Chronic intravenous glucose infusion causes moderate hypertension in rats

Michael W. Brands, Sharyn M. Fitzgerald

Research output: Contribution to journalArticlepeer-review

9 Scopus citations


We have reported that chronic insulin infusion increases mean arterial pressure (MAP) in rats. In those studies, glucose was coinfused to prevent hypoglycemia, but it is possible that the glucose infusion rate may have exceeded the rate actually required to prevent hypoglycemia. If true, then the glucose infusion alone should have a similar effect, and this study tested that hypothesis. In six rats (insulin group) instrumented with artery and vein catheters, insulin was infused for 7 days intravenously (iv) at 1.5 mU/kg/min together with glucose iv at 18.6 mg/kg/min. Seven other rats (glucose group) received the same glucose infusion for 7 days but without iv insulin. MAP increased significantly in both groups, from 98 ± 3 and 96 ± 2 mm Hg to 107 ± 5 and 104 ± 3 mm Hg in the insulin and glucose groups, respectively, and the renal and hormonal changes were similar to those previously reported during insulin infusion. There were no significant differences between the two groups for any variable measured. These data indicate that the sugar intake provided by the glucose infusion essentially mimics the response to our insulin and glucose infusion protocol, and that similar mechanisms underlie the renal and cardiovascular responses to each protocol.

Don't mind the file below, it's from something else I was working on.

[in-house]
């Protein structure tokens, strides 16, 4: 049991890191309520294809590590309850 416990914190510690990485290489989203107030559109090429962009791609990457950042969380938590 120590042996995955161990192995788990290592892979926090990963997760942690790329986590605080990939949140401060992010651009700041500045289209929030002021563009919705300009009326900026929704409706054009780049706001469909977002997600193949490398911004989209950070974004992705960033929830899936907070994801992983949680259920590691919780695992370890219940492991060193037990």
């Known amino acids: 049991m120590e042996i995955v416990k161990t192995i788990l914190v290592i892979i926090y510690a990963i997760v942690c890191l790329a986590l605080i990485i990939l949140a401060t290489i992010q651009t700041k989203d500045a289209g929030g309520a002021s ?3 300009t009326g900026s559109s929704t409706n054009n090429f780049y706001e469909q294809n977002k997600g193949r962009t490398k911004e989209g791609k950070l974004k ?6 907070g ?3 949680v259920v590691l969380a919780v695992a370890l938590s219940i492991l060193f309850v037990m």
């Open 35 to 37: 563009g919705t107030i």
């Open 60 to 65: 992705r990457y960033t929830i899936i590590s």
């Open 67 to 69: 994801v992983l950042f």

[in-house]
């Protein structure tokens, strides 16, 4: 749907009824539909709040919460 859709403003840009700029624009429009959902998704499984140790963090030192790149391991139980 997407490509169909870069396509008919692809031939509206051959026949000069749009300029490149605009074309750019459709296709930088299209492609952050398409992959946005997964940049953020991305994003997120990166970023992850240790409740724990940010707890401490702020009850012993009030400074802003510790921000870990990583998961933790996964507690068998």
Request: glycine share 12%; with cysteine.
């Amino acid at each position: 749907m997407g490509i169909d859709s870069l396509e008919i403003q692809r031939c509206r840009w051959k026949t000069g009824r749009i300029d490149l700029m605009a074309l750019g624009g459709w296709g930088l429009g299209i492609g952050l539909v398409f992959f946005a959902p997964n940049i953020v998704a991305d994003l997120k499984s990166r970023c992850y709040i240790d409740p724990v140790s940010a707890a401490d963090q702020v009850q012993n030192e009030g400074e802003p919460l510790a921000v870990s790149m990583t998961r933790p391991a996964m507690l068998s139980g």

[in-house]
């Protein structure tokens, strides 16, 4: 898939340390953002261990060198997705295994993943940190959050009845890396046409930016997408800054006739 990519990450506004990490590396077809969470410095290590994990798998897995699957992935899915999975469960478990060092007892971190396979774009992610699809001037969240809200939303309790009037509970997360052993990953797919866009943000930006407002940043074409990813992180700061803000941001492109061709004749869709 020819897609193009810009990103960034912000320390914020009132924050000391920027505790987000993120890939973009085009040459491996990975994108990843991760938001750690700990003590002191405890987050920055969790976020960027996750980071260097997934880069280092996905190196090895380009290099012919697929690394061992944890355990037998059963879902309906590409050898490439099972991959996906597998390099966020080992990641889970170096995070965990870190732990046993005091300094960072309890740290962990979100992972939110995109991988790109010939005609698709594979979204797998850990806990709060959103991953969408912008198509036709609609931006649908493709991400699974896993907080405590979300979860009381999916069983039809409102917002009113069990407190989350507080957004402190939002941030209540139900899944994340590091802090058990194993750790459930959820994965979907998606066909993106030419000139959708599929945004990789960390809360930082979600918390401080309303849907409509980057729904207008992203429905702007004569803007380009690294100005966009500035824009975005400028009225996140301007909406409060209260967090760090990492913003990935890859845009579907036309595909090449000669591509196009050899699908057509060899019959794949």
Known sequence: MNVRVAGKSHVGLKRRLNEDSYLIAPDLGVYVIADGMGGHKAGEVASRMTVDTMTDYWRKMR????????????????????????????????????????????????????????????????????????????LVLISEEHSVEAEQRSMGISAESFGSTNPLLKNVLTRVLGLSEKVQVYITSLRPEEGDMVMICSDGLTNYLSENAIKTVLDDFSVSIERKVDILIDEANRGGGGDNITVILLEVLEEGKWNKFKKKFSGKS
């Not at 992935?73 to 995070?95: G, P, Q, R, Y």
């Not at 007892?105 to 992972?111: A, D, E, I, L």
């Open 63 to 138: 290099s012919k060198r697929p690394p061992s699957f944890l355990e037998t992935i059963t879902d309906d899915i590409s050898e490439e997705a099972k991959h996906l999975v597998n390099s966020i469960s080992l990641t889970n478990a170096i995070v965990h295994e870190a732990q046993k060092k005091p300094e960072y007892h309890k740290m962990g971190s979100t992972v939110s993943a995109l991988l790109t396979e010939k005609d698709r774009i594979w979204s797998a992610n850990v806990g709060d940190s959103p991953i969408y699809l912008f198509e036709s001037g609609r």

Original languageEnglish (US)
Pages (from-to)99-102
Number of pages4
JournalAmerican journal of hypertension
Issue number1 II SUPPL.
StatePublished - 2000
Externally publishedYes


  • Glomerular filtration rate
  • Hypertension
  • Insulin
  • Pressure natriuresis
  • Sucrose

ASJC Scopus subject areas

  • Internal Medicine


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